Apple rushes out patches for two 0-days threatening iOS and macOS users

On Thursday, Apple released fixes for two critical zero-day vulnerabilities in iPhones, iPads and Macs that give hackers dangerous access to the internal features of the operating systems on which the devices run.

Apple credited an anonymous researcher for discovering both vulnerabilities. The first vulnerability, CVE-2022-22675, is found in macOS for Monterey and in iOS or iPadOS for most iPhone and iPad models. The bug, which stems from an out-of-bounds typing issue, gives hackers the ability to execute malware run with privileges from the kernel, the most security-sensitive region of the operating system. CVE-2022-22674, meanwhile, is also the result of an out-of-bounds reading problem that could lead to the disclosure of nuclear memory.

Apple revealed barefoot details for the flaws here and here. “Apple is aware of a report that this issue may have been actively exploited,” the company wrote of both vulnerabilities.

Raining down Apple zero-days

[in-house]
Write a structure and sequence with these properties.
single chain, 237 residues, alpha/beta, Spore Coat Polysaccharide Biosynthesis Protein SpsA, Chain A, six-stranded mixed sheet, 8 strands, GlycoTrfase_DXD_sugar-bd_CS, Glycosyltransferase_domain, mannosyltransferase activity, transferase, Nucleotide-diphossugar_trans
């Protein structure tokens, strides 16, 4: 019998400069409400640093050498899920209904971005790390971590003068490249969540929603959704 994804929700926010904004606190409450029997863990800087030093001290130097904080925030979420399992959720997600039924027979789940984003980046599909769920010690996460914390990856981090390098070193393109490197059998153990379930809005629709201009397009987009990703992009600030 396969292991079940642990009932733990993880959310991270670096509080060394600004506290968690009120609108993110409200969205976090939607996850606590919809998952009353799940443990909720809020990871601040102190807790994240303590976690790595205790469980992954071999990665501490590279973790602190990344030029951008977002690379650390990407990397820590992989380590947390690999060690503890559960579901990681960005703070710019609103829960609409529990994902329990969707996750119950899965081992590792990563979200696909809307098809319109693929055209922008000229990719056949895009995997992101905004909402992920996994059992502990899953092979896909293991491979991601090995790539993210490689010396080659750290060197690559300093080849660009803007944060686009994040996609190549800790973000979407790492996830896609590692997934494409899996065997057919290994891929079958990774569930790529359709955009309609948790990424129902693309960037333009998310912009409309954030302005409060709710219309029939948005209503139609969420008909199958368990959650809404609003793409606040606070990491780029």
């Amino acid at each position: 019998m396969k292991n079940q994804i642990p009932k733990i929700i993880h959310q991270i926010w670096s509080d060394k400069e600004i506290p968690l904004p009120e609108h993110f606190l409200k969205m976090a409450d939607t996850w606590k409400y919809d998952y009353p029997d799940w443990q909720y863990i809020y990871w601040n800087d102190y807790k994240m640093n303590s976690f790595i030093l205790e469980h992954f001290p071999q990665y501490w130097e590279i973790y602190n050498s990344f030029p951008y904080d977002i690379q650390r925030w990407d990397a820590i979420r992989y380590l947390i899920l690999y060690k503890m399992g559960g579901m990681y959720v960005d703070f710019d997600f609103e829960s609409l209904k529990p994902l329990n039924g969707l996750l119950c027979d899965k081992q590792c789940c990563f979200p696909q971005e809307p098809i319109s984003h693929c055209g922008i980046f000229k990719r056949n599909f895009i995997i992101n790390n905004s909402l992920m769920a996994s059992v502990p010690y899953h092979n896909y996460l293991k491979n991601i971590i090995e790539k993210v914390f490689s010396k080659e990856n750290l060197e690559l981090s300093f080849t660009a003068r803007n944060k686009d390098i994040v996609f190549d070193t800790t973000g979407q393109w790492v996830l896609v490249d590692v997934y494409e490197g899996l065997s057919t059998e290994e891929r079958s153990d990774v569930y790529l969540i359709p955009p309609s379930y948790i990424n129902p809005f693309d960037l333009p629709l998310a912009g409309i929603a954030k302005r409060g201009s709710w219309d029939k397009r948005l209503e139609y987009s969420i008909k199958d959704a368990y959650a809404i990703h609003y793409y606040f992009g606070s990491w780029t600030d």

CVE-2022-22674 and CVE-2022-22675 are the fourth and fifth zero-days that Apple has patches this year. In January, the company rushed out patches for iOS, iPadOS, macOS Monterey, watchOS, tvOS and HomePod Software to fix a zero-day memory corruption that could give developers the ability to execute code with core privileges. The bug, tracked as CVE-2022-22587, was found in IOMobileFrameBuffer. A separate vulnerability, CVE-2022-22594, allowed websites to track sensitive user information. The exploitation code for that vulnerability was released publicly before the patch was issued.

Apple in February sent out a fix for one use after free bug in the browser engine Webkit which gave attackers the ability to run malware on iPhones, iPads and iPod Touches. Apple said that reports they received indicated that the vulnerability – CVE-2022-22620 – may also have been actively exploited.

A spreadsheet Google security researchers insist on tracking zero days shows that Apple fixed a total of 12 such vulnerabilities in 2021. Among these was a bug in iMessage that Pegasus’ spyware targeted using a zero-click exploit, which means that devices were infected only by receiving a malicious message , without the user having to do anything. Two zero days that Apple patched in May allowed attackers to infect fully updated devices.

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